Thursday, August 5, 2010
Wolf of Tebron book review: A hero, a wolf and dreams
I enjoyed going on this hero’s journey with Joran and Ruyah, in this fantasy that contains elements of fairy tale and myth. Joran is an unlikely hero who sent his wife, Charris, away in a jealous fit, and Ruyah is a huge silver wolf who has long watched Joran from the woods and hills nearby.
Joran does not know why, but he has the ability to talk with animals, whether a goat on his farm or a wolf or wild songbird.
The outward purpose of the journey is to rescue Charris, who is magically imprisoned in ice in an unknown place. The author skillfully interweaves the hero encountering danger with passages where wisdom is shared and beauty is seen.
Lakin includes lyrical descriptions, characterizing the essence of light itself as “liquid joy”, and the wolf leading the way as “But he set his attention on Ruyah’s tail, which floated on the fog like a disembodied swatch of fur.”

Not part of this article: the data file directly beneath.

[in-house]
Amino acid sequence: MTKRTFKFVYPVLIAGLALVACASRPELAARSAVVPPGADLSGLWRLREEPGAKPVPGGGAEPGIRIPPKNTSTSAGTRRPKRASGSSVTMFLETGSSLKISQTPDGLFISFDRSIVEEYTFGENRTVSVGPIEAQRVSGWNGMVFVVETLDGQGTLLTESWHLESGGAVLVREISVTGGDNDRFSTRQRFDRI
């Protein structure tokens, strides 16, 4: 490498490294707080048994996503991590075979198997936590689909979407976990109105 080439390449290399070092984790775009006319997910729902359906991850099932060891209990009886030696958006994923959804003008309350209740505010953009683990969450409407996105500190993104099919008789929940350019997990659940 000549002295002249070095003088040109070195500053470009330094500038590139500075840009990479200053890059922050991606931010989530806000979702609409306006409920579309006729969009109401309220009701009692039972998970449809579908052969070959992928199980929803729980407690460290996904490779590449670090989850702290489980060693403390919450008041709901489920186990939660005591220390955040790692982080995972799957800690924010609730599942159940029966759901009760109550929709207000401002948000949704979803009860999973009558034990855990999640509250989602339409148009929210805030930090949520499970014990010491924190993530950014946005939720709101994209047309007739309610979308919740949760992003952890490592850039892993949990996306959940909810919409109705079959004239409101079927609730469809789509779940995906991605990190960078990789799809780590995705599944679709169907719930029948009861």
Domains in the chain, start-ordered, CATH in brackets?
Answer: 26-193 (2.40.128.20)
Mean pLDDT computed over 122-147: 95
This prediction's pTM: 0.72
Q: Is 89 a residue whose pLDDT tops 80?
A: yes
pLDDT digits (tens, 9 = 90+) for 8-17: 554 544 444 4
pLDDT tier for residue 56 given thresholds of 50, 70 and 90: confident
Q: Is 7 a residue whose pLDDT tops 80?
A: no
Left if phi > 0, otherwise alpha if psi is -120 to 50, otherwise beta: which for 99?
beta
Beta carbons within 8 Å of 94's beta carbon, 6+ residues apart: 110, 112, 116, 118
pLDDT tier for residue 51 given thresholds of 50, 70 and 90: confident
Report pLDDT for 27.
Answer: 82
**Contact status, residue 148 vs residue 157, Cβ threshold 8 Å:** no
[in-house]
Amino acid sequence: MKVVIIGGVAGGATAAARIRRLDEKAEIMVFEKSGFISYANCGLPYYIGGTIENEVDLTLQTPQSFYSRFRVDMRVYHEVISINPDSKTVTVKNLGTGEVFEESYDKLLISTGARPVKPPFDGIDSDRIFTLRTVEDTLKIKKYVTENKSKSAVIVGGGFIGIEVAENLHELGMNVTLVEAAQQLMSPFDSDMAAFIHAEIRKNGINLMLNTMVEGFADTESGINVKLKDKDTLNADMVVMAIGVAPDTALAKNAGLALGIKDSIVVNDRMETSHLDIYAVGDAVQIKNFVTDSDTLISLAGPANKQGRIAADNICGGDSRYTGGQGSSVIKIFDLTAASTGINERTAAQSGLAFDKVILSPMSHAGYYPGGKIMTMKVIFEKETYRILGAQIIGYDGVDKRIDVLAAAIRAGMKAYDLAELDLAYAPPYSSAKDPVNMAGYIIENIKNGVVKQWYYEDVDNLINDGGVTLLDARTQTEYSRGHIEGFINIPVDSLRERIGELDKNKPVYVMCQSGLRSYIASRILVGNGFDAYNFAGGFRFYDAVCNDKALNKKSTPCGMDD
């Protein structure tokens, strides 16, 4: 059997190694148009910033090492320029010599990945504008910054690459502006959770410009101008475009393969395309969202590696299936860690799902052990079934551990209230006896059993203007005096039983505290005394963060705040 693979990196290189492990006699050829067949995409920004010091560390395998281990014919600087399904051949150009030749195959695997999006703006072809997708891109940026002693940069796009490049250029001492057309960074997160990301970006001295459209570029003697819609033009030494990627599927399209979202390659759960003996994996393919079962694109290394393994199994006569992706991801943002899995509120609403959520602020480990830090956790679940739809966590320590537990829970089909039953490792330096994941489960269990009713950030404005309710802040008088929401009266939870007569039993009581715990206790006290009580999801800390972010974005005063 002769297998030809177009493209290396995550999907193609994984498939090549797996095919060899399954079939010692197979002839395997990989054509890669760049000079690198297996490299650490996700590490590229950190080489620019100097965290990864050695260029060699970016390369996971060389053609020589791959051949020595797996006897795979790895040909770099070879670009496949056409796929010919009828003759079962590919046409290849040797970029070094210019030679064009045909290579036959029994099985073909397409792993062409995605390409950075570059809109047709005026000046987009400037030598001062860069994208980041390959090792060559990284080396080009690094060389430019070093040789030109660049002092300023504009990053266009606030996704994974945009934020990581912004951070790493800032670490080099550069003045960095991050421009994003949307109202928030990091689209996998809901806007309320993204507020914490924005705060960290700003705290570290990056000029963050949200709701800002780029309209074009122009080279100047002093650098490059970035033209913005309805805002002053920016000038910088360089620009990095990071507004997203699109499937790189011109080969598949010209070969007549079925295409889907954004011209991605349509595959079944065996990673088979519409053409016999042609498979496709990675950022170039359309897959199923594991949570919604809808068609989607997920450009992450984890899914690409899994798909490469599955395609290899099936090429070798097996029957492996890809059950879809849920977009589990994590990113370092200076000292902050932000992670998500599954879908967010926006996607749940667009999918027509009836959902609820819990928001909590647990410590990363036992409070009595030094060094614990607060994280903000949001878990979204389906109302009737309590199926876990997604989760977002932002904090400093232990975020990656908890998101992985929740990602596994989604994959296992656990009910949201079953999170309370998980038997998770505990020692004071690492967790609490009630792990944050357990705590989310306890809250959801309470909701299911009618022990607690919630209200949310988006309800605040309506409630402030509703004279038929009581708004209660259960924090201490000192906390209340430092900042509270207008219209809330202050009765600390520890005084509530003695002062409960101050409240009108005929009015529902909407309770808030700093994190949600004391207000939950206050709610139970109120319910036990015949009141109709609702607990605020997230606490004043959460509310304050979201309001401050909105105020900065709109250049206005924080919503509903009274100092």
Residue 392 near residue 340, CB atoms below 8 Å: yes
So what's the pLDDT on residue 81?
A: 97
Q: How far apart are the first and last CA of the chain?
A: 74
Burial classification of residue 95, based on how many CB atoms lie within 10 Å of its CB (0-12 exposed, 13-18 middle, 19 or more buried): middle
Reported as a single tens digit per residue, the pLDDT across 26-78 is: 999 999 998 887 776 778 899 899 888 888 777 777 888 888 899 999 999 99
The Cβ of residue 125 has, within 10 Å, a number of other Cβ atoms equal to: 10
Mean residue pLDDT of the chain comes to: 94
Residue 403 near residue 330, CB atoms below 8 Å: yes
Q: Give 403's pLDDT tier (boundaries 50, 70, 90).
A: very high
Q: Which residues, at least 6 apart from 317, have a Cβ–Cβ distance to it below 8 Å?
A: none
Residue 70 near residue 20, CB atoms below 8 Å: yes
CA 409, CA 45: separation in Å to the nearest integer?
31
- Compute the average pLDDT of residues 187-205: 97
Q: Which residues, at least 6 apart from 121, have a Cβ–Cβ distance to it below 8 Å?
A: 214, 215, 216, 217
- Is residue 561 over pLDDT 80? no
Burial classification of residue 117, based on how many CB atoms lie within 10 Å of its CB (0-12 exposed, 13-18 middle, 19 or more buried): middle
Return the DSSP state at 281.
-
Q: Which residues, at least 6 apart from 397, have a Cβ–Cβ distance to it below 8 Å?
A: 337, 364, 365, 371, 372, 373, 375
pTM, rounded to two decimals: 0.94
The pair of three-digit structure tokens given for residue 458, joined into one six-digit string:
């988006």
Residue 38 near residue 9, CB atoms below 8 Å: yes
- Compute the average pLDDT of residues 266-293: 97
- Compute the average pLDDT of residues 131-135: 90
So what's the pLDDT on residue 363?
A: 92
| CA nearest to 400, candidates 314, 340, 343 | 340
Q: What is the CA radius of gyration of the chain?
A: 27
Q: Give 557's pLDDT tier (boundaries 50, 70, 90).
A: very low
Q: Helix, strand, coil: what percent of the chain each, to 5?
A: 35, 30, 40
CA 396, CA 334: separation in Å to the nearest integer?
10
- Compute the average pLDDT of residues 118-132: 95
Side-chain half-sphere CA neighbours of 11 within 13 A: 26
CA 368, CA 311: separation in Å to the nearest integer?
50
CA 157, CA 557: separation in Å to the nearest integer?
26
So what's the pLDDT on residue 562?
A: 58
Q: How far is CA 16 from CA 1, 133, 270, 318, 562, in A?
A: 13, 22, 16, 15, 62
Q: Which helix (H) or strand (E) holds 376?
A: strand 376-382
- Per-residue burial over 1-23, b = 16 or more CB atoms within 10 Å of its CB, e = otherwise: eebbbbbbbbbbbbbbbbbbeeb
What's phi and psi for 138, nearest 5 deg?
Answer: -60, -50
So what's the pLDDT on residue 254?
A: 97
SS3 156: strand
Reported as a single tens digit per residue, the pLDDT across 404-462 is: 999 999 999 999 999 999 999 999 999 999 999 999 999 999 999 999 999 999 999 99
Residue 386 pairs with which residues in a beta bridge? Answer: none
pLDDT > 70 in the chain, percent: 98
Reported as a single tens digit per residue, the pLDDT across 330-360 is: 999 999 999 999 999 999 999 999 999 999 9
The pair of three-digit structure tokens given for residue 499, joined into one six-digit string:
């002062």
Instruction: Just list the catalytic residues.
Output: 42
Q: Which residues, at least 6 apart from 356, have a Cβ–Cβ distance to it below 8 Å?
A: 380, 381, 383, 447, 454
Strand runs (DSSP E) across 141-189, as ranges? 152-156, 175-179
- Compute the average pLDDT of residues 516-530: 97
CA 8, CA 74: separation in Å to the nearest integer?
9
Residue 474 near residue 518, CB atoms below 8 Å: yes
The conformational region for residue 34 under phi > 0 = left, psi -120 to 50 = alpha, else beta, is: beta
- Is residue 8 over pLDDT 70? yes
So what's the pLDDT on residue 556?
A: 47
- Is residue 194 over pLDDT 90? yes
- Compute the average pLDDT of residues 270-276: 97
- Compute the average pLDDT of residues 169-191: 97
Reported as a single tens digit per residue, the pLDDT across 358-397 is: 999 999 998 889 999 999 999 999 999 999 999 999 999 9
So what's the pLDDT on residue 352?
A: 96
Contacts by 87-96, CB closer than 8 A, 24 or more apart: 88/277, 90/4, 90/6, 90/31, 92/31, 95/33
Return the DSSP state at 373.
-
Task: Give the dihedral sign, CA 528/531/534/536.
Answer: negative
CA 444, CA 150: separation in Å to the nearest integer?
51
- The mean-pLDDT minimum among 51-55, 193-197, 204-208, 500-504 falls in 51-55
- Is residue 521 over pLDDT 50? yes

The travelers are forced to visit Cielle, the moon’s sister, then Sola, the sun’s mother, the South Wind and finally the Sea, and face despair, fights and the threat of death as they journey toward Charris. Sola says that the moon is a jealous being and won’t give up Charris, and she is right.
I am not going to give away any plot here but I recommend that you read this fantasy which intertwines dreams and reality, and enjoy the journey.
This is the first book in the Gates of Heaven series.